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Cody Rhodes On Landing Chris Jericho, Plans For AEW & More

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Cody Rhodes was recently interviewed by ESPN. During the interview, he discussed the origins of AEW and what the future holds, his relationship with the Khans and more. Here are the highlights from the interview:

On How Chris Jericho To AEW Came To Be:

I guess Chris is kind of that wrestling outlaw. When he came to be part of All In, I think he saw that we had a bigger picture in mind. For several years now the business has literally been changing, and it’s just ripe for this movement and this revolution and ultimately this alternative, which is what we’re trying to be. He had the foresight to see that. The next piece of that puzzle was he brought us onto the Chris Jericho Rock ‘N’ Wrestling Rager cruise and the magic continued. I think he’s capable of making magic, and I think he wanted to make it with us.

On Whether AEW Will Focus On Established Or Rising Stars:

Probably a mix. My favorite word here is fresh. I want fresh. People who haven’t ever been seen. One thing that has surprised me about independent pro wrestling is the amount of quality men and women on the scene. The stars are just waiting to be under the big lights. Obviously there is a great deal of veterans, but I don’t want to make the mistake of putting that talent on the forefront versus featuring up-and-coming wrestlers. Fresh is everything and nothing is better than when you have a balance.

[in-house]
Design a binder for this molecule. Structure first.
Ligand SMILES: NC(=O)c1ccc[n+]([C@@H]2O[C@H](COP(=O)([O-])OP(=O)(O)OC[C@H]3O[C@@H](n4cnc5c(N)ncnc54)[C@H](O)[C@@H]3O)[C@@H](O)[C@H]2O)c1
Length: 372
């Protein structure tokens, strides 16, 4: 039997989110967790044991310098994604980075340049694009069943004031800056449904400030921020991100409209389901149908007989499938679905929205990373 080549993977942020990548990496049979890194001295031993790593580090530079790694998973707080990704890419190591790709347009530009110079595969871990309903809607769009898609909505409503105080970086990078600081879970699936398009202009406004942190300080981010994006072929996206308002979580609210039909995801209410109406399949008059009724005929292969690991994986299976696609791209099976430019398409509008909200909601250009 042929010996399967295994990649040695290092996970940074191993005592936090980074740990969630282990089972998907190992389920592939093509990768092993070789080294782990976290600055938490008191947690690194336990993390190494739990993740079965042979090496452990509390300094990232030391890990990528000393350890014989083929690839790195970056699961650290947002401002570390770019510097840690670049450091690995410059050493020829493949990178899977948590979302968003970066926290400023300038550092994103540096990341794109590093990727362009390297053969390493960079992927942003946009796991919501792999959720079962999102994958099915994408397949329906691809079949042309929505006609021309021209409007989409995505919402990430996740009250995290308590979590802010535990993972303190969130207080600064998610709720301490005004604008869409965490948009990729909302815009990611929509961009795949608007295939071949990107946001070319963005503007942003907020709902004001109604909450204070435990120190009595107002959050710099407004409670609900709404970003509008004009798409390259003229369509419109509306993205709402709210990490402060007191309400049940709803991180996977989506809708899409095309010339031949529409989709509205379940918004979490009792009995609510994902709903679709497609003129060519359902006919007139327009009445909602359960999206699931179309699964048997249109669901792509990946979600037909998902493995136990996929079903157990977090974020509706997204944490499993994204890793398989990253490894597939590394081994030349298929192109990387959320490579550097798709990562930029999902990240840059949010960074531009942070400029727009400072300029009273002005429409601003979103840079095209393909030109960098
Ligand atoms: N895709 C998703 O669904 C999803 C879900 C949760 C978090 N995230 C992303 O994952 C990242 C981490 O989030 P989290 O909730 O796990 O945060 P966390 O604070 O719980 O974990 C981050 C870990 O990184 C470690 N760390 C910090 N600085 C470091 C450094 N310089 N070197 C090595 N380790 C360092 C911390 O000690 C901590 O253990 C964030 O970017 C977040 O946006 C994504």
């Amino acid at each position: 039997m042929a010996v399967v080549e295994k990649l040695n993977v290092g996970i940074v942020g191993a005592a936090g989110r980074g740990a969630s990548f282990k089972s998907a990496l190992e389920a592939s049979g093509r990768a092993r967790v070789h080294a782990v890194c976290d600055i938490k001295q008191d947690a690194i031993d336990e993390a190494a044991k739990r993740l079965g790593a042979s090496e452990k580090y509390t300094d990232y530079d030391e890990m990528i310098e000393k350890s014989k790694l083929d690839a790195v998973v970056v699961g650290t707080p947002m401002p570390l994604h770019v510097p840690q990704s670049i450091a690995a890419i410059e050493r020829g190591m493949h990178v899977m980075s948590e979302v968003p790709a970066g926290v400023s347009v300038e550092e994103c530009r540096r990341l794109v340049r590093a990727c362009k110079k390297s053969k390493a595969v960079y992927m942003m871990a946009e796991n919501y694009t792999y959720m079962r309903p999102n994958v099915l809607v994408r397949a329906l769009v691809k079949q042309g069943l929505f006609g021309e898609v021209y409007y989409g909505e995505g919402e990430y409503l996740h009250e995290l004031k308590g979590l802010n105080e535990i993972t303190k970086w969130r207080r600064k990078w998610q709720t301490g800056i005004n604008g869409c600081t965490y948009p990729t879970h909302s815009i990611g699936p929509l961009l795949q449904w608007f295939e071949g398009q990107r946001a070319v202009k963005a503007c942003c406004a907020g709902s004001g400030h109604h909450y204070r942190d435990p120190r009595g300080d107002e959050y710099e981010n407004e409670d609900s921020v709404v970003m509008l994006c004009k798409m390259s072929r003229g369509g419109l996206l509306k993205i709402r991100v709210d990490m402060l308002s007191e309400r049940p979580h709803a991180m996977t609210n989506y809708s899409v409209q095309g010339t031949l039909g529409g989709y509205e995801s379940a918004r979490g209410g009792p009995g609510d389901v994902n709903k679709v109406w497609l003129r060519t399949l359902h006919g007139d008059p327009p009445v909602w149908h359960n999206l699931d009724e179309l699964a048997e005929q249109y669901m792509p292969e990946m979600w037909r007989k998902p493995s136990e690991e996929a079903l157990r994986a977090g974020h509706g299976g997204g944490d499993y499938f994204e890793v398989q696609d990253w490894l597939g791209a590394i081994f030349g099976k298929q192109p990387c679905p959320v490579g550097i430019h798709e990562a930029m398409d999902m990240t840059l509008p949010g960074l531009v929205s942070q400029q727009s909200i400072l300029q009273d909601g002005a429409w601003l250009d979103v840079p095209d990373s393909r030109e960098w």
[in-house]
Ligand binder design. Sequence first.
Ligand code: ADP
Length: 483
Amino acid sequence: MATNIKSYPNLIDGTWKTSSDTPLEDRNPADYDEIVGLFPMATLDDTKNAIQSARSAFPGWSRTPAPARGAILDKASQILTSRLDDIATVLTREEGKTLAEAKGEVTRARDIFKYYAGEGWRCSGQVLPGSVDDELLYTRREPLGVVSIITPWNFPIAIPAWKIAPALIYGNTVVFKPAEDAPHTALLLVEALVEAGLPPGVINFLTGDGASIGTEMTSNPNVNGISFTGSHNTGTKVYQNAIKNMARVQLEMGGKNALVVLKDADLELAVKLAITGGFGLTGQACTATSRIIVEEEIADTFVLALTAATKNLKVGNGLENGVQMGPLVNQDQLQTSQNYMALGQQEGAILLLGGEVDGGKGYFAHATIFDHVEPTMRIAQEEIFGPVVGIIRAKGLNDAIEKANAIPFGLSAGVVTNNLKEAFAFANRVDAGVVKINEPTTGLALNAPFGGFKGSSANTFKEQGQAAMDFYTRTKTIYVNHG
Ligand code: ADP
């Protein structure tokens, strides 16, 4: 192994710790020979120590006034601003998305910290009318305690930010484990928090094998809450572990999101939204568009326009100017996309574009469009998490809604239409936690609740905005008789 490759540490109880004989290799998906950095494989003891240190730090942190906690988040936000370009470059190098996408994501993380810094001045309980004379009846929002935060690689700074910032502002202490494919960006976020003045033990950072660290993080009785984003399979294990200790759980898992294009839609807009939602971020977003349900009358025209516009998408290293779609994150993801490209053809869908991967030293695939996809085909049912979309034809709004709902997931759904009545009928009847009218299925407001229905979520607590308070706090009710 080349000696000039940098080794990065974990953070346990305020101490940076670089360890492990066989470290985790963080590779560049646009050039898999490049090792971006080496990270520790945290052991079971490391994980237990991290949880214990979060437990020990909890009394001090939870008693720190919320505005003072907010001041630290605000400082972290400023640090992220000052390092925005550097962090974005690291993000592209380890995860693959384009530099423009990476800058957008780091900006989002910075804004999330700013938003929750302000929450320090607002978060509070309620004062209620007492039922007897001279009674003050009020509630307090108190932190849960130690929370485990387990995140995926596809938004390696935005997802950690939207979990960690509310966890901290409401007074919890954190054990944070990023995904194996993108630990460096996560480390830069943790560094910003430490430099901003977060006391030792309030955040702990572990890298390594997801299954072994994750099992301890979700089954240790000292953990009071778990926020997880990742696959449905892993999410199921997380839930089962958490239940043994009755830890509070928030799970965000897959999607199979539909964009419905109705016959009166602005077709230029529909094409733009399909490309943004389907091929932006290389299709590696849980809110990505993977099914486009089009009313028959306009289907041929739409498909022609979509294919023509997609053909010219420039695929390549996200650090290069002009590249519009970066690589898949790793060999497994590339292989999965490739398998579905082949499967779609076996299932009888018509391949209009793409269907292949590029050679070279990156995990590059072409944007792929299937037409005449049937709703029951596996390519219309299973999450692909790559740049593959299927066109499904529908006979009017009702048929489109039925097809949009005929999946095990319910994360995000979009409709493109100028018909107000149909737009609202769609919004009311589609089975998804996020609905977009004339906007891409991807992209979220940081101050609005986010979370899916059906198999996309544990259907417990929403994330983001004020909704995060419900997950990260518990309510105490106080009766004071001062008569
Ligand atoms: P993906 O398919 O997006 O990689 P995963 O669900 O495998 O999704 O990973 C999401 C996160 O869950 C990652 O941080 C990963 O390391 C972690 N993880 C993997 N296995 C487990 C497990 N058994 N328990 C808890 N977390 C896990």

You add to that one of the greatest wrestlers of all time in Chris Jericho, who continues to reinvent himself — he’s wrestling’s David Bowie — you put him in the same ring with somebody who’s fresh and hasn’t been seen, it just ups that individual’s profile. It’s what we call in the business “the rub.” That’s how I really want to balance it out. I don’t want to lean towards one side. You’ve seen in wrestling, the worst thing you can do is abuse and overuse your legends. You have got to keep it amongst your core contract young and fresh guys.

On How He Met Tony Khan:

I’ve known Tony for a long time. People are just discovering that Tony is a diehard wrestling fan, on the tape-trader level of wrestling fan. We also bond over the fact that we are huge Trekkies — he and I are obsessed with Star Trek. He used to come to WWE events. He’s actually in the front row in New Japan Pro Wrestling, he’s in the crowd at Long Beach cheering, you can find him if you look back on it. So I knew him in a friendly manner long before this ever came to fruition.

On How AEW Came To Fruition: